The Parish and the Universe

“To know fully even one field or one land is a lifetime’s experience… a gap in the hedge, a smooth rock surfacing a narrow lane, a view of a woody meadow, the stream at the junction of four small fields – these are as much as a man can fully experience.”

Patrick Kavanaugh, “The Parish and the Universe”,  as quoted in the frontispiece of “Common Ground“, by Rob Cowen

What’s the use
Of being found?
You can lose yourself
In some good ground
In the weeds hiding
Down the river right next door
There’s no frame around your picture
Just a view through my back door

Beck, Country Down

 

He knew not what to do

From LRB, an old piece about Coleridge, and how it might have been better had he died young:samuelcoleridge

He knew not what to do – something, he felt, must be done – he rose, drew his writing-desk before him – sate down, took the pen – – found that he knew not what to do.

After the first glorious days of his friendship with Wordsworth, Coleridge set about – or perhaps only resumed – a course of procrastination and ruin from which it seemed decent to avert one’s eyes. His life grew complicated and his poetry sparse, and his achievement took forms that required sometimes unreasonable effort to value.

In December he recognised that ‘I never had the essentials of poetic Genius, – that I mistook a strong desire for original power.’ By March 1801, Coleridge had decided it was all over: ‘The Poet is dead in me.’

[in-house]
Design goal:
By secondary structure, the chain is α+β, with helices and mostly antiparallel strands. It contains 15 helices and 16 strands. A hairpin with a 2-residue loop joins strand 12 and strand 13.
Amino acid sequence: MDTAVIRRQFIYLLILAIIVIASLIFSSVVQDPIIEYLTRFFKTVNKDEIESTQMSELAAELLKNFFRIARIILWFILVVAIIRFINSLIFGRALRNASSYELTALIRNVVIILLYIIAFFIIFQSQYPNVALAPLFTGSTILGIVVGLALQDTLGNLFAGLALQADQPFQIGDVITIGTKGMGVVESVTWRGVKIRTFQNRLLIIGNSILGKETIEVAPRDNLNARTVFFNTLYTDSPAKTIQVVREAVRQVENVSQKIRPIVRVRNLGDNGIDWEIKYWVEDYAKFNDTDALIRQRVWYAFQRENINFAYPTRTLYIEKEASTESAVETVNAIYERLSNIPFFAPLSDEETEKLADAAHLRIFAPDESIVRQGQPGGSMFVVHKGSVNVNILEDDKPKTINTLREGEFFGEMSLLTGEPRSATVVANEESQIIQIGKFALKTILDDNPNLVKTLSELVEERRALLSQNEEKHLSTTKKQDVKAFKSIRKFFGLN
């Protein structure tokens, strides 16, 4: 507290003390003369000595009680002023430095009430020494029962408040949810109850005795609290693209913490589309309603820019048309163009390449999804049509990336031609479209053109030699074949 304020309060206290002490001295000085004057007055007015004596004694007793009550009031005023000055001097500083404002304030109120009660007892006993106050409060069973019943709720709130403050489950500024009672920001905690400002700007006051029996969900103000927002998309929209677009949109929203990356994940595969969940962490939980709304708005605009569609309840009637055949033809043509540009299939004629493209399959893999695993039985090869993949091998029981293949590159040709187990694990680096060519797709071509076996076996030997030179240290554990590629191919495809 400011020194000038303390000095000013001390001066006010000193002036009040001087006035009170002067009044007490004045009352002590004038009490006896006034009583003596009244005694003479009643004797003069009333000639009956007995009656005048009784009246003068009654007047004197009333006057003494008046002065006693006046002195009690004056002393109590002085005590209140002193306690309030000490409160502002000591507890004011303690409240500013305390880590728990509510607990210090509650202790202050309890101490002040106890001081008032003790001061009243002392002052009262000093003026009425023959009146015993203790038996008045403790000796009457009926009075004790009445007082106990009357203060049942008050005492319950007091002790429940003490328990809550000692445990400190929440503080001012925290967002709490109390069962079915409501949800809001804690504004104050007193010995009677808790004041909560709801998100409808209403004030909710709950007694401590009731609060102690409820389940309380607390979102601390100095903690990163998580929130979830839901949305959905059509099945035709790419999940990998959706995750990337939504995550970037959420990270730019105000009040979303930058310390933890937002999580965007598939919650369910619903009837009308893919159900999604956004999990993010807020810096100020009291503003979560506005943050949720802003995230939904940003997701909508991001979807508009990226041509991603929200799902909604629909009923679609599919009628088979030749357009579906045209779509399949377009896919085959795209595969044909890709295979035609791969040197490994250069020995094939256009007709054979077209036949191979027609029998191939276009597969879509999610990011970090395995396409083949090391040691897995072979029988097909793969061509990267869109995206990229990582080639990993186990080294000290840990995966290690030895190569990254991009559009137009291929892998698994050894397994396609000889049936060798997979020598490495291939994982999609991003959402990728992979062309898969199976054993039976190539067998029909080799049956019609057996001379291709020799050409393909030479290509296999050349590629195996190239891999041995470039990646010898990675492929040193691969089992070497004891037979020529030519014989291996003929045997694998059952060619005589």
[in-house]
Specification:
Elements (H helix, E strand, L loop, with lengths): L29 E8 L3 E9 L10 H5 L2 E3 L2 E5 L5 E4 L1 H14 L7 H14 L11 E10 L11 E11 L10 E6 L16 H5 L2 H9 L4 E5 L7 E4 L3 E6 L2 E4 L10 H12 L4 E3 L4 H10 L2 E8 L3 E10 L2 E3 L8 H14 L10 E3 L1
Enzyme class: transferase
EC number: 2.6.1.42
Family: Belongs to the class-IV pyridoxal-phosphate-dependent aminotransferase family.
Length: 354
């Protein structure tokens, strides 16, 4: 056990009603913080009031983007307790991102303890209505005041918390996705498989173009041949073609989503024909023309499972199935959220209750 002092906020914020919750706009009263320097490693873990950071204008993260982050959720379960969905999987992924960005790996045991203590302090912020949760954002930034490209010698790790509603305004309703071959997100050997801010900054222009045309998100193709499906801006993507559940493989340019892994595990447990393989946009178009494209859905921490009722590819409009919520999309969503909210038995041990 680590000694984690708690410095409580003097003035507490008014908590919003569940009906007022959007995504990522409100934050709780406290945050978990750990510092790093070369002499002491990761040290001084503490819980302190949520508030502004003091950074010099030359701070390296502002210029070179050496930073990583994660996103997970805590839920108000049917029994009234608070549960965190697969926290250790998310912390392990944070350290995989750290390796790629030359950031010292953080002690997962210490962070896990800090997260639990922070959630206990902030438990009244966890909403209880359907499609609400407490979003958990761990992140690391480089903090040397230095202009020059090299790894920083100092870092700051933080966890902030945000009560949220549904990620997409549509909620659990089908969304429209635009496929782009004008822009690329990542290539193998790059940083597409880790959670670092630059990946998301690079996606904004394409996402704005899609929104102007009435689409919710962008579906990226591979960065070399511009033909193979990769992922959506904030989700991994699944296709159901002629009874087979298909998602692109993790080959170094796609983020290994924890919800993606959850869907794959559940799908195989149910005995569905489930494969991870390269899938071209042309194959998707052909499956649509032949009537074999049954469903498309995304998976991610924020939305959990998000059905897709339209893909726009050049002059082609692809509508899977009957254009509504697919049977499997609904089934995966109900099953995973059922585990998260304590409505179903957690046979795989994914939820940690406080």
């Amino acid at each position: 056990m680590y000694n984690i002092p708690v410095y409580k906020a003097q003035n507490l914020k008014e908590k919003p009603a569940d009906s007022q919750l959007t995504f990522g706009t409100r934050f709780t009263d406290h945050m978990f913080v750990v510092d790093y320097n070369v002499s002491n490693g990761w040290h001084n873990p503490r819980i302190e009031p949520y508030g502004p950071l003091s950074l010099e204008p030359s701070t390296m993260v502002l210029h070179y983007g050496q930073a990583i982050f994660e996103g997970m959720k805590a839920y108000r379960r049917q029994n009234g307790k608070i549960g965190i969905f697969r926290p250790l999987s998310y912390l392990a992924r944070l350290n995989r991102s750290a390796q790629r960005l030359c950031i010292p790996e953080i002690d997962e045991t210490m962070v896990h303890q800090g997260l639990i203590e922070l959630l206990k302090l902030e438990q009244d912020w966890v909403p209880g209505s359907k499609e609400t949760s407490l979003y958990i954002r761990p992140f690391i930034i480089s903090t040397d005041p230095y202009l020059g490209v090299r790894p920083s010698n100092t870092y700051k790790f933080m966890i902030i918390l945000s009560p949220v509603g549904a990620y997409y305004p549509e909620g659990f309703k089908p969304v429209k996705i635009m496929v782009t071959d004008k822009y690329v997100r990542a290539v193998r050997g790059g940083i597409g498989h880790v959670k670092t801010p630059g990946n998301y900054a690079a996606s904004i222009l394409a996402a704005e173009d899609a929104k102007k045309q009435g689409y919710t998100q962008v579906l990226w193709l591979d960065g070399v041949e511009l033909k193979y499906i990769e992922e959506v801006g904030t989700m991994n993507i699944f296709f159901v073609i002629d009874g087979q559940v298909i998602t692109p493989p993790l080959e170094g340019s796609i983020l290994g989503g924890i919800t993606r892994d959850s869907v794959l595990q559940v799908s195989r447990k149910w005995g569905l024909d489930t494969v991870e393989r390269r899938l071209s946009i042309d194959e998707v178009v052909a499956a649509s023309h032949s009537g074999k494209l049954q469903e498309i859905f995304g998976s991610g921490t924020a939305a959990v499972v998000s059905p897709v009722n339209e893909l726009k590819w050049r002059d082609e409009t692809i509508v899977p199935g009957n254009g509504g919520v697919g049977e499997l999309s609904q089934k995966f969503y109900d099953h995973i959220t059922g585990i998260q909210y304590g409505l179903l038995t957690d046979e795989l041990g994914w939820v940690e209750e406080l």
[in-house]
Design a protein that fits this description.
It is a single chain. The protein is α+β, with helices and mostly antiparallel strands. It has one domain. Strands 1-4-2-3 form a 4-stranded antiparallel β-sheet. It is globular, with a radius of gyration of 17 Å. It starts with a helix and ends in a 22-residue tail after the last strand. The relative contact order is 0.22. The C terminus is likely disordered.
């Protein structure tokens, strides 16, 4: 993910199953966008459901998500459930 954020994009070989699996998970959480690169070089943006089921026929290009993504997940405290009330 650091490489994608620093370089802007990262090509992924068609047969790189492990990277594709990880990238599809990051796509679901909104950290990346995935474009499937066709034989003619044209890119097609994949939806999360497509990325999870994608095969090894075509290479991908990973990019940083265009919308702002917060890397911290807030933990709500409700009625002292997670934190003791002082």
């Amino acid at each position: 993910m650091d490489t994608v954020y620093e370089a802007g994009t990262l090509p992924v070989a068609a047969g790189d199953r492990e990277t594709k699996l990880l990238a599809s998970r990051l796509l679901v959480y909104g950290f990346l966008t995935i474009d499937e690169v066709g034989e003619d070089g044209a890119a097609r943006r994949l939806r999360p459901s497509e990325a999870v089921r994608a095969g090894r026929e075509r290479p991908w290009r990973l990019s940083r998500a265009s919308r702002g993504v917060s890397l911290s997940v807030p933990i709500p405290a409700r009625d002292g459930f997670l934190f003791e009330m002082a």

Poor Dorothy

Dorothy ... the life of the party!

Dorothy ... the life of the party!

Excellent article over at LRB about Wordsworth’s amazing poem, “The Prelude”, which includes this rather scathing assessment of Wordsworth’s sister, Dorothy:

Coleridge … considered Wordsworth’s intellectual life hampered anyway by his unclubbable manners and the presence of Dorothy. ‘You have two things against you,’ he wrote, ‘your not loving smoke; and your sister.’

OUCH!

Some days were running legs

sun over valley

Some days were running legs

Some days were running legs and joy
and old men telling tomorrow would be
a fine day surely: for sky was red
at setting of sun between the hills.

Some nights were parting at the gates
with day’s companions: and dew falling
on heads clear of ambition except light
returning and throwing stones at sticks.

Some days were rain flooding forever the green
pasture: and horses turning to the wind
bare smooth backs. The toothed rocks rising
sharp and grey out of the ancient sea.

Some nights were shawling mirrors lest the lightning
strike with eel’s speed out of the storm.
Black the roman rooks came from the left squawking
and the evening flowed back around their wings.

Iain Crichton Smith from ‘The Long River’ 1955

A Scottish poem I used to teach, and had almost forgotten about, resurfaced yesterday, and here it is, in all its old glory.